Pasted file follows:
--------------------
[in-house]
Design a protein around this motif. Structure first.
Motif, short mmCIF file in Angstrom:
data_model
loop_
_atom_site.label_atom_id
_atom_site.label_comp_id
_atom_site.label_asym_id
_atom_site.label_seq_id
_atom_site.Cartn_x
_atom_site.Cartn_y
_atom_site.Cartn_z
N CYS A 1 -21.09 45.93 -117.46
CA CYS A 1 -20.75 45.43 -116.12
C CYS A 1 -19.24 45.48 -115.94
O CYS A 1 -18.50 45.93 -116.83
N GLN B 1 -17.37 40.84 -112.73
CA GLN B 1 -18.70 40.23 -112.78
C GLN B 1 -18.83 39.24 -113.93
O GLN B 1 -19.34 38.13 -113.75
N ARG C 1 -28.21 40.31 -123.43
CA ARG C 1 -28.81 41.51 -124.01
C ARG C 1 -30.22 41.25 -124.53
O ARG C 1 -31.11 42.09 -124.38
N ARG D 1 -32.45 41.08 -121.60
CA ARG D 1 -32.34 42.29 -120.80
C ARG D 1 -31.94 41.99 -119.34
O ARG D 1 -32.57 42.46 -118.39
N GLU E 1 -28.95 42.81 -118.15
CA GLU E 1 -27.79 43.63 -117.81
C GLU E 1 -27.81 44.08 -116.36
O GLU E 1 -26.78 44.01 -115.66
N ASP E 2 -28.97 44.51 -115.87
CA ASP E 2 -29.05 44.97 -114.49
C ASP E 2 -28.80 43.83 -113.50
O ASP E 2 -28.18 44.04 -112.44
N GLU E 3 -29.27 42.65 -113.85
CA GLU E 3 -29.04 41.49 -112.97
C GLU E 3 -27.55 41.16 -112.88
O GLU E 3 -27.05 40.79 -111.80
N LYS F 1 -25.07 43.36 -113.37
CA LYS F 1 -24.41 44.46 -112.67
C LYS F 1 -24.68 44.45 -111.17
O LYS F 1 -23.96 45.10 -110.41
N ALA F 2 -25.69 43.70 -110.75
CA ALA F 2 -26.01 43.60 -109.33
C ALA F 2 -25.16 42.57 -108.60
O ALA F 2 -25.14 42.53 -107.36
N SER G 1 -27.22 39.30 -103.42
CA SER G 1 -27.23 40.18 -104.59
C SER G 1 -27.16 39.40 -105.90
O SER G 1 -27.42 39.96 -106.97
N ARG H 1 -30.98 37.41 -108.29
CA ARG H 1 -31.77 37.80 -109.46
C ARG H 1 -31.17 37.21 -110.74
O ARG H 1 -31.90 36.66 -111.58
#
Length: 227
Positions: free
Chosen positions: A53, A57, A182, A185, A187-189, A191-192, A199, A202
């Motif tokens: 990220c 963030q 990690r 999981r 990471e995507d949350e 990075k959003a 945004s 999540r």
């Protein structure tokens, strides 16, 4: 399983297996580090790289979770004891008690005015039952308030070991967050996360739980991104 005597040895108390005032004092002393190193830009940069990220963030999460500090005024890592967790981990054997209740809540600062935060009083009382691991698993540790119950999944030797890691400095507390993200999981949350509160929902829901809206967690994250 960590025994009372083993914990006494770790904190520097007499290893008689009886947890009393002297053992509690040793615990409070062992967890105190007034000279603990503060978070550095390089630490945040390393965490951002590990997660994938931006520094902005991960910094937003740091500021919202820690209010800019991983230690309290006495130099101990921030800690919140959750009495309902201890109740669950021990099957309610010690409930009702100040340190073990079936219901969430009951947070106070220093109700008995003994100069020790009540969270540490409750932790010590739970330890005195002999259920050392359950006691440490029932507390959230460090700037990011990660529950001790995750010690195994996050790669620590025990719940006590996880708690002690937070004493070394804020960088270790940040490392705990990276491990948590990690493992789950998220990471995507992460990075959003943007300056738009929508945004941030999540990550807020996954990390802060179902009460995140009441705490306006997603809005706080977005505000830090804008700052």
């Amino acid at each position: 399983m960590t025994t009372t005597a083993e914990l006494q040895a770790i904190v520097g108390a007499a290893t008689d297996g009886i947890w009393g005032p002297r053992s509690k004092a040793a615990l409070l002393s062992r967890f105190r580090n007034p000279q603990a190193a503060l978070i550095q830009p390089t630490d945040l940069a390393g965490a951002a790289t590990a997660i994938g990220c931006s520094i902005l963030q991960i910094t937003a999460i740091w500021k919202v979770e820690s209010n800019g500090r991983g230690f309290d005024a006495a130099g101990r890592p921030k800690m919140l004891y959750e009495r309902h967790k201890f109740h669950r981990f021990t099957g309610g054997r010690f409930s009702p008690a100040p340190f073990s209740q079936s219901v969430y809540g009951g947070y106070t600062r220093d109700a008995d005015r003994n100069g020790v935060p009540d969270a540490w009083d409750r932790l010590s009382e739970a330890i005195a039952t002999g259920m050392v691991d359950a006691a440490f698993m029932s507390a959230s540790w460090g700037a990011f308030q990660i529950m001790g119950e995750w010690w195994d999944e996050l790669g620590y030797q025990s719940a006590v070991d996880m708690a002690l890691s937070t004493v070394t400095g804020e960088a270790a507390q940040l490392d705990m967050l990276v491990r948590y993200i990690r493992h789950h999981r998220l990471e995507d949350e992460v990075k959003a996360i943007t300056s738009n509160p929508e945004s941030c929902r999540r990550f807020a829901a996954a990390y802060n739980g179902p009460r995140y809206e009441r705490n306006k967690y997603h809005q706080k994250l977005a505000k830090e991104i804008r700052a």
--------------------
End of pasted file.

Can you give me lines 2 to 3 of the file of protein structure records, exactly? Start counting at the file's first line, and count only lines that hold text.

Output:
Design a protein around this motif. Structure first.
Motif, short mmCIF file in Angstrom: